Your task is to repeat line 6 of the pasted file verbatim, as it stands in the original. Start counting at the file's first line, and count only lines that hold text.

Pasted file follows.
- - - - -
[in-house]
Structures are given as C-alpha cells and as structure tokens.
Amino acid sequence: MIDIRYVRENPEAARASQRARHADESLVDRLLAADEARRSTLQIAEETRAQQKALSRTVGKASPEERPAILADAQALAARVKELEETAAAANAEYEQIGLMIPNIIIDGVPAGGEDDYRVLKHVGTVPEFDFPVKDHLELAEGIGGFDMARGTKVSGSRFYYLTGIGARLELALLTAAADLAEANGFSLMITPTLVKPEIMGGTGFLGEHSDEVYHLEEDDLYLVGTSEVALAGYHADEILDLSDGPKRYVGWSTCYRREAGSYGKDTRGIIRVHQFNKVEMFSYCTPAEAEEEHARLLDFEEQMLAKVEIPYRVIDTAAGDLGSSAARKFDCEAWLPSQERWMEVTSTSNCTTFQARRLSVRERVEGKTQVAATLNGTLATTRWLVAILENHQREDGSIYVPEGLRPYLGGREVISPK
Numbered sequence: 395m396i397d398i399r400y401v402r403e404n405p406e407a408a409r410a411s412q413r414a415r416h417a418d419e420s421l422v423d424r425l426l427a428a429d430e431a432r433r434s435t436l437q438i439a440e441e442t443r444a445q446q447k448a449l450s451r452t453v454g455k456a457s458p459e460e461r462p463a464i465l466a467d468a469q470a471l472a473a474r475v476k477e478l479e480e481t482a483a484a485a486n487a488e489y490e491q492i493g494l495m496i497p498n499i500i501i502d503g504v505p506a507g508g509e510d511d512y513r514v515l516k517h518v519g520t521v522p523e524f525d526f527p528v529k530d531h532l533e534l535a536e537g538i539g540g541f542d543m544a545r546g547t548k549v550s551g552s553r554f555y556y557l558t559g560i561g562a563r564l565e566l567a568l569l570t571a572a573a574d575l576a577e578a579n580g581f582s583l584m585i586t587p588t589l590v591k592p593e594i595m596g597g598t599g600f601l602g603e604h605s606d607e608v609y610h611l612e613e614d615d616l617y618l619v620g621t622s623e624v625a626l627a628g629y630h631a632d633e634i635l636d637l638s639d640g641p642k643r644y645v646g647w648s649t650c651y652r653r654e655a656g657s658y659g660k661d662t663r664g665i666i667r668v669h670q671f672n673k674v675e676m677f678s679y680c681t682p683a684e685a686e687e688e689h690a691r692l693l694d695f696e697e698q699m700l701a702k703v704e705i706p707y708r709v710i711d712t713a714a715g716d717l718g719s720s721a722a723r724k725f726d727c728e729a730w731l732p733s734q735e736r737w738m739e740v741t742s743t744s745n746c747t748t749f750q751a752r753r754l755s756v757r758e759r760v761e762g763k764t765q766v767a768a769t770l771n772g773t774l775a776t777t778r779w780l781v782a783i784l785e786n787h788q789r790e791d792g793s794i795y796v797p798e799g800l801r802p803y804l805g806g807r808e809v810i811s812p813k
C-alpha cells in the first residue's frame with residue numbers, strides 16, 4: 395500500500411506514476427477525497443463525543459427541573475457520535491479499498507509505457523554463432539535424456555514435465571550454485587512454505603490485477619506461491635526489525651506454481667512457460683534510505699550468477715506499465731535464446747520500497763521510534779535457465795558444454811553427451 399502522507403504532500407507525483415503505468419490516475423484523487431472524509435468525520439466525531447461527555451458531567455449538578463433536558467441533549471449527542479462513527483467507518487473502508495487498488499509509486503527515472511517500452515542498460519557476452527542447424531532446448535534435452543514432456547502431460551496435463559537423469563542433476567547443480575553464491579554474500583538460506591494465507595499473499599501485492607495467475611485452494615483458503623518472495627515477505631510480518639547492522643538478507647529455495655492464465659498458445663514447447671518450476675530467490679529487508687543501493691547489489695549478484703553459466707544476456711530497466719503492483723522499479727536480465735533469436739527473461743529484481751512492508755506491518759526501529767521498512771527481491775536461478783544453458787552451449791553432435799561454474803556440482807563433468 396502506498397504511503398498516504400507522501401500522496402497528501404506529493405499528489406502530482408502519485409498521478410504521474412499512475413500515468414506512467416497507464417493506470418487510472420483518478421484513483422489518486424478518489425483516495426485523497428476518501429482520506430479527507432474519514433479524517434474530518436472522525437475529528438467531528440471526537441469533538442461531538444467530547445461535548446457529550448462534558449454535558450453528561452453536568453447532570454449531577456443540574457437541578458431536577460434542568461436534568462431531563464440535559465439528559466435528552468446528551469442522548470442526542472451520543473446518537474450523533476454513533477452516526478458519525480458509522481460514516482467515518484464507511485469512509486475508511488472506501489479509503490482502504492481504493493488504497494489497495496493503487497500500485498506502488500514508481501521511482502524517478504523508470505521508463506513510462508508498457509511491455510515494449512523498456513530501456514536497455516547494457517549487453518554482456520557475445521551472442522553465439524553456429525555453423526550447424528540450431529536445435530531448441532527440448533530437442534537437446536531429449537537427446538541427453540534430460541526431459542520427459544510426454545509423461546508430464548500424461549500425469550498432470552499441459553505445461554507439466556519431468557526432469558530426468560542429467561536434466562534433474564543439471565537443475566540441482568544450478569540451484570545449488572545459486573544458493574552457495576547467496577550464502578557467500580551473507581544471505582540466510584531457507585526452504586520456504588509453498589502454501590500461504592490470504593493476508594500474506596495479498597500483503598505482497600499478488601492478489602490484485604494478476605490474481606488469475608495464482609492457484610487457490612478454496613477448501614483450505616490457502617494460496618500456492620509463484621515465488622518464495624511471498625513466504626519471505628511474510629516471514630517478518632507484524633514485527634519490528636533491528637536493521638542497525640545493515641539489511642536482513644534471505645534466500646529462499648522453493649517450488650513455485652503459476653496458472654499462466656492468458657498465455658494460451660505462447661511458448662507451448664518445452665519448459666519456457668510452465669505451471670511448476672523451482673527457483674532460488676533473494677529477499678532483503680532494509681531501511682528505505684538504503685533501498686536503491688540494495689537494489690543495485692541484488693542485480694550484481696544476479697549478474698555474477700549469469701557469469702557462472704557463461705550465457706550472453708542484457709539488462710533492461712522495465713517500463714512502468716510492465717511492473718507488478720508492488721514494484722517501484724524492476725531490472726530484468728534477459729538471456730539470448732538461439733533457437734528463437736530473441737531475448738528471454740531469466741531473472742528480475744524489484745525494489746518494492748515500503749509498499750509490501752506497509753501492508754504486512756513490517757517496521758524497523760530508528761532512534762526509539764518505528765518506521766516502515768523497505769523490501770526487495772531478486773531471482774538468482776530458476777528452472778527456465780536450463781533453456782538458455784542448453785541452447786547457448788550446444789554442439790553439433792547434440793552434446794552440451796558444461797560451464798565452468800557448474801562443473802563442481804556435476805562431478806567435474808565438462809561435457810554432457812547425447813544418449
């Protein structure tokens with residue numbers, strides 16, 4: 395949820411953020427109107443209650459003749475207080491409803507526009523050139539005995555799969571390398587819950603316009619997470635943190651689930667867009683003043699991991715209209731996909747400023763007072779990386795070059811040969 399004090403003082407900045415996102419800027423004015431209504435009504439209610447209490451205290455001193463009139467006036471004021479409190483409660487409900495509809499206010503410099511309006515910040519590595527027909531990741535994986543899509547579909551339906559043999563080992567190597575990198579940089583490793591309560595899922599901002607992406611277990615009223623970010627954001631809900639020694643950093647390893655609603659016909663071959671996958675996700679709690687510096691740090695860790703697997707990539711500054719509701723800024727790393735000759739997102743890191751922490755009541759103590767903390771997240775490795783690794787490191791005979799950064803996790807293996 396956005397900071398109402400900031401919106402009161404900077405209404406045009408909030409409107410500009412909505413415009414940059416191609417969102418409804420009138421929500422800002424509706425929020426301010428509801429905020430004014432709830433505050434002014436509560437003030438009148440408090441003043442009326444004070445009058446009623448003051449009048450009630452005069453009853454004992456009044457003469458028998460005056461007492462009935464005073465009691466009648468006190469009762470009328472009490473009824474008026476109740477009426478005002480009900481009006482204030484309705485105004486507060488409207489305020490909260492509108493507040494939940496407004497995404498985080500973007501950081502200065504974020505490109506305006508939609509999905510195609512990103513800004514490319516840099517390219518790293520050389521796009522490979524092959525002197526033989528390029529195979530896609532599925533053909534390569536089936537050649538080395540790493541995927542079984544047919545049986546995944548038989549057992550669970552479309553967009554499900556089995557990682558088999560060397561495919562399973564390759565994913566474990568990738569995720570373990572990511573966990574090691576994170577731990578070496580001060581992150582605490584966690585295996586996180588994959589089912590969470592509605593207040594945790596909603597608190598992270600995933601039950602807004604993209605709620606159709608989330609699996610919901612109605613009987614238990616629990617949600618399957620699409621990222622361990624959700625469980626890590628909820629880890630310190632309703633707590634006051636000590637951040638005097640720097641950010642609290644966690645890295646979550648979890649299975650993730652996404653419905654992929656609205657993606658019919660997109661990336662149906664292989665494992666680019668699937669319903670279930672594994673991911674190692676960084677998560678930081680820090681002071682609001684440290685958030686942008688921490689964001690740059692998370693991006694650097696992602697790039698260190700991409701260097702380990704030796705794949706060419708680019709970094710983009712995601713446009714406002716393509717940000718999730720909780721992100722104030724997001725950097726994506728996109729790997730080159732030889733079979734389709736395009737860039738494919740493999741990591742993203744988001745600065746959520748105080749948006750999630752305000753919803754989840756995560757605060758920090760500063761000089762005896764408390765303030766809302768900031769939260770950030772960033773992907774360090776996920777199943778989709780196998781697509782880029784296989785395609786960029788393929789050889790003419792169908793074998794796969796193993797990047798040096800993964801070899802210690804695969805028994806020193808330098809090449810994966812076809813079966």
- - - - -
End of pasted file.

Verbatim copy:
């Protein structure tokens with residue numbers, strides 16, 4: 395949820411953020427109107443209650459003749475207080491409803507526009523050139539005995555799969571390398587819950603316009619997470635943190651689930667867009683003043699991991715209209731996909747400023763007072779990386795070059811040969 399004090403003082407900045415996102419800027423004015431209504435009504439209610447209490451205290455001193463009139467006036471004021479409190483409660487409900495509809499206010503410099511309006515910040519590595527027909531990741535994986543899509547579909551339906559043999563080992567190597575990198579940089583490793591309560595899922599901002607992406611277990615009223623970010627954001631809900639020694643950093647390893655609603659016909663071959671996958675996700679709690687510096691740090695860790703697997707990539711500054719509701723800024727790393735000759739997102743890191751922490755009541759103590767903390771997240775490795783690794787490191791005979799950064803996790807293996 396956005397900071398109402400900031401919106402009161404900077405209404406045009408909030409409107410500009412909505413415009414940059416191609417969102418409804420009138421929500422800002424509706425929020426301010428509801429905020430004014432709830433505050434002014436509560437003030438009148440408090441003043442009326444004070445009058446009623448003051449009048450009630452005069453009853454004992456009044457003469458028998460005056461007492462009935464005073465009691466009648468006190469009762470009328472009490473009824474008026476109740477009426478005002480009900481009006482204030484309705485105004486507060488409207489305020490909260492509108493507040494939940496407004497995404498985080500973007501950081502200065504974020505490109506305006508939609509999905510195609512990103513800004514490319516840099517390219518790293520050389521796009522490979524092959525002197526033989528390029529195979530896609532599925533053909534390569536089936537050649538080395540790493541995927542079984544047919545049986546995944548038989549057992550669970552479309553967009554499900556089995557990682558088999560060397561495919562399973564390759565994913566474990568990738569995720570373990572990511573966990574090691576994170577731990578070496580001060581992150582605490584966690585295996586996180588994959589089912590969470592509605593207040594945790596909603597608190598992270600995933601039950602807004604993209605709620606159709608989330609699996610919901612109605613009987614238990616629990617949600618399957620699409621990222622361990624959700625469980626890590628909820629880890630310190632309703633707590634006051636000590637951040638005097640720097641950010642609290644966690645890295646979550648979890649299975650993730652996404653419905654992929656609205657993606658019919660997109661990336662149906664292989665494992666680019668699937669319903670279930672594994673991911674190692676960084677998560678930081680820090681002071682609001684440290685958030686942008688921490689964001690740059692998370693991006694650097696992602697790039698260190700991409701260097702380990704030796705794949706060419708680019709970094710983009712995601713446009714406002716393509717940000718999730720909780721992100722104030724997001725950097726994506728996109729790997730080159732030889733079979734389709736395009737860039738494919740493999741990591742993203744988001745600065746959520748105080749948006750999630752305000753919803754989840756995560757605060758920090760500063761000089762005896764408390765303030766809302768900031769939260770950030772960033773992907774360090776996920777199943778989709780196998781697509782880029784296989785395609786960029788393929789050889790003419792169908793074998794796969796193993797990047798040096800993964801070899802210690804695969805028994806020193808330098809090449810994966812076809813079966």